What is a Dental Crown?

golden dental crown

A dental crown is a custom-made restoration that fits over the remaining part of a prepared tooth, making it strong and giving it the shape of a natural tooth. It’s also known as a cap. Crowns are an ideal way to rebuild teeth that have been broken or have been weakened by decay or a very large filling. They can be made from a variety of materials, including ceramic, porcelain, gold, or a combination of these materials.

The process of getting a dental crown involves preparing the tooth, taking impressions for the lab to create the crown, and fitting a temporary crown until the permanent one is ready. Once the dental crown is made, it is cemented into place, providing a long-term solution for a damaged tooth. Proper aftercare and maintenance can significantly extend the lifespan of a crown, and regular dental checkups are essential for ensuring its longevity.

Key Takeaways

  • A dental crown restores a damaged tooth and mimics its natural appearance.
  • The process includes tooth preparation, impression taking, and permanent placement.
  • Maintenance of dental crowns requires good hygiene and regular dental visits.


Understanding Dental Crowns

Dental crowns are a solution we use to restore the function and appearance of damaged or decayed teeth. They encase the entire visible portion of a tooth, providing strength and protecting it from further damage.


Purpose of Dental Crowns

Dental crowns serve several functions:

  • Restoration of Damaged Teeth: Crowns help to rebuild teeth that have been weakened by decay or damage, restoring their original shape and size.
  • Protective Barrier: They provide a strong layer to protect a tooth from fracture or further decay.
  • Cosmetic Improvement: Crowns are often used to improve the appearance of discolored or misshapen teeth.

Materials Used in Crowns

The materials commonly used for crowns include:

  • Porcelain and Ceramic: Ideal for front teeth, these materials match the natural color of your teeth.
  • Gold: Gold crowns are known for their durability and are typically used for molars.
  • Metal Crown: These are strong and withstand biting forces, suitable for out-of-sight molars.
  • Resin Crown: Less expensive than other crown types but more prone to wear and fractures.
  • Porcelain-Fused-to-Metal (PFM): They combine the strength of metal with the aesthetic appeal of porcelain.


Comparison of Crown Types

Each type of dental crown has its specific advantages and is selected based on the location of the tooth, the patient’s bite, and aesthetic considerations.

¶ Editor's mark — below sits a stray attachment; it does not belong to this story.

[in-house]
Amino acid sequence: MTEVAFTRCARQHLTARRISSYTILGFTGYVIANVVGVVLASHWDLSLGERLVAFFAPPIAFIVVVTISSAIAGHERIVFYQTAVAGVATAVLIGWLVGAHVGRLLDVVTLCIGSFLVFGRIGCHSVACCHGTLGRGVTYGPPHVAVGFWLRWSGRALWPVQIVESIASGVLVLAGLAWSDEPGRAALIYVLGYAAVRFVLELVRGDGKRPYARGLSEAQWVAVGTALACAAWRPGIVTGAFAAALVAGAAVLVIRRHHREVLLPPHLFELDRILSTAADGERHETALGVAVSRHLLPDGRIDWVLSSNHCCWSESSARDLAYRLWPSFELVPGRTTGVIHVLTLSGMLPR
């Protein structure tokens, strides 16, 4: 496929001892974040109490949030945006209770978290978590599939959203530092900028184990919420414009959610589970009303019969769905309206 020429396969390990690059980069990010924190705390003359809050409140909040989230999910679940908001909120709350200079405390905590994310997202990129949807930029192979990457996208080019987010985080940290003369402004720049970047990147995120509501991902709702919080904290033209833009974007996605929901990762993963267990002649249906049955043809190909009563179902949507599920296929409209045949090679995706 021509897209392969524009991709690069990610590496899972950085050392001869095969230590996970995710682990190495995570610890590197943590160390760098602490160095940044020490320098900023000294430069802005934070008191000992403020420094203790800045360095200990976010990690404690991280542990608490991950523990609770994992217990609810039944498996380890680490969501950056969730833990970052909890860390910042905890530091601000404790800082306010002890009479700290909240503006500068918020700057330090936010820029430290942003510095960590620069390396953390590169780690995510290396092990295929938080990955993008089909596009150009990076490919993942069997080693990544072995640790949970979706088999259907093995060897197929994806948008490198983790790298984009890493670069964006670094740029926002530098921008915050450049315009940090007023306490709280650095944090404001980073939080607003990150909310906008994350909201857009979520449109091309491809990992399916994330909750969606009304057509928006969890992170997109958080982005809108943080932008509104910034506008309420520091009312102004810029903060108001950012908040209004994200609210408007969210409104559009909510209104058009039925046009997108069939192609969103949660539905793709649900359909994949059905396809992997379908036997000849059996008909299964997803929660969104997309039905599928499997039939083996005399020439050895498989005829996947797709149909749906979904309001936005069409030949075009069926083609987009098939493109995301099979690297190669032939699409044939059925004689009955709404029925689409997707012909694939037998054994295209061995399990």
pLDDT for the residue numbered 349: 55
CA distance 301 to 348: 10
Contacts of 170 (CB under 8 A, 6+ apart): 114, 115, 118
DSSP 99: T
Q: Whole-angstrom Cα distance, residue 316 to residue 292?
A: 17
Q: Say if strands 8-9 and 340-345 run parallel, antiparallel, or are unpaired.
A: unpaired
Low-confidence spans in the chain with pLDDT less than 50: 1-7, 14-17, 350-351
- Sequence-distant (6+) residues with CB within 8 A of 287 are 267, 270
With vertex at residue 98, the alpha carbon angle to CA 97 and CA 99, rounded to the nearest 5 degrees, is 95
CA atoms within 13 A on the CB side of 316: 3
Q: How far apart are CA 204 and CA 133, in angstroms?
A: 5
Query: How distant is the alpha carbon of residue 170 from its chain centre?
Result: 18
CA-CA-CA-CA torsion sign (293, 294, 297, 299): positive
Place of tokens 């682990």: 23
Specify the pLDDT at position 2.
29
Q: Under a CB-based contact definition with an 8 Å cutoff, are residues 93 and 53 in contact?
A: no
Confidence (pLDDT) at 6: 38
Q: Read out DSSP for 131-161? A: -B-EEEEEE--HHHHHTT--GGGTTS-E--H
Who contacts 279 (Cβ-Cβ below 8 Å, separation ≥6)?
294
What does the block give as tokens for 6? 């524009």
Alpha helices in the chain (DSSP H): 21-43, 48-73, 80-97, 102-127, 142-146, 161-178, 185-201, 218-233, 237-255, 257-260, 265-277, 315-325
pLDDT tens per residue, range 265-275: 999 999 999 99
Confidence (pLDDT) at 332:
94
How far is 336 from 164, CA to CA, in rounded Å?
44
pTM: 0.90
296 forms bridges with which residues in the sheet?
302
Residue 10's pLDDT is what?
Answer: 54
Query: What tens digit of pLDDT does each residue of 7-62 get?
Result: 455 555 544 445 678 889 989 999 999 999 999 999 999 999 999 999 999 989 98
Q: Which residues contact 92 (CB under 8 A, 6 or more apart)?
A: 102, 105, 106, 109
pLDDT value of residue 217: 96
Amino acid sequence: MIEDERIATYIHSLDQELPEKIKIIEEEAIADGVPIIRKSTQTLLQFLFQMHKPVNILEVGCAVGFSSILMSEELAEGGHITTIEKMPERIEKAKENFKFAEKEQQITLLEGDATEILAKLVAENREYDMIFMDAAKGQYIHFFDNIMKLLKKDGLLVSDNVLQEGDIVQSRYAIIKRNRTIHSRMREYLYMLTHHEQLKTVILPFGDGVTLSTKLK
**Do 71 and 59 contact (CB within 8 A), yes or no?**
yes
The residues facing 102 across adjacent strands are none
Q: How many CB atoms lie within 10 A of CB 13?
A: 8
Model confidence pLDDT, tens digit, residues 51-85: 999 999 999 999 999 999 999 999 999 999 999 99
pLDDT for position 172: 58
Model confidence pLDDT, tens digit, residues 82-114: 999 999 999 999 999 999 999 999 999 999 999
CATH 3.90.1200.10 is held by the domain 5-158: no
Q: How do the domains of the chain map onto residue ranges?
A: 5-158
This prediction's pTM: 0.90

The Dental Crown Procedure

Our goal is to ensure that you fully understand every step of the dental crown procedure. We focus on precision and patient comfort throughout the process.


Initial Assessment and Preparation

We begin with a thorough examination of the affected tooth. Our dentist will assess the tooth’s condition, discussing with you the appropriate crown material based on function, location, and aesthetics. Often, we’ll prepare the tooth by reshaping it to receive the crown, ensuring the removal of any decay and creating a solid foundation.

Impression and Mold Making

Next, we take an impression of your tooth using either a traditional mold or a digital scan. This impression is critical as it enables the dental lab to create a crown that fits seamlessly with your bite and adjacent teeth. Whether a physical mold or digital image, we send these to the lab with precise instructions.

Temporary Crown Fitting

While the permanent crown is being crafted, we fit a temporary crown to protect your tooth. This temporary crown is made from an impression of your pre-prepared tooth, ensuring you can continue with your daily activities without discomfort. We’ll attach the temporary crown with easily removable cement, making it a worry-free placeholder.

Permanent Crown Placement

Once we receive the permanent crown from the lab, we’ll schedule your appointment for fitting. We remove the temporary crown and test the fit of the new crown, making any necessary adjustments. When we’re certain the crown fits perfectly, we’ll use a strong, durable cement to secure the permanent crown in place. This marks the completion of your dental crown procedure.


Aftercare and Maintenance

Proper aftercare and maintenance are essential to sustain the longevity and functionality of dental crowns. We place emphasis on routine care and immediate attention to any complications to uphold their integrity.


Daily Care for Dental Crowns

Brushing and Flossing: To maintain the health of our dental crowns, we must brush at least twice a day using a soft-bristled toothbrush. When brushing, we need to be gentle around the gum line to prevent irritation. Flossing is also crucial; however, we advise using a flossing method that doesn’t pull hard on the crown to avoid dislodging it. We can use a gentle sawing motion to clean between the crowns and adjacent teeth.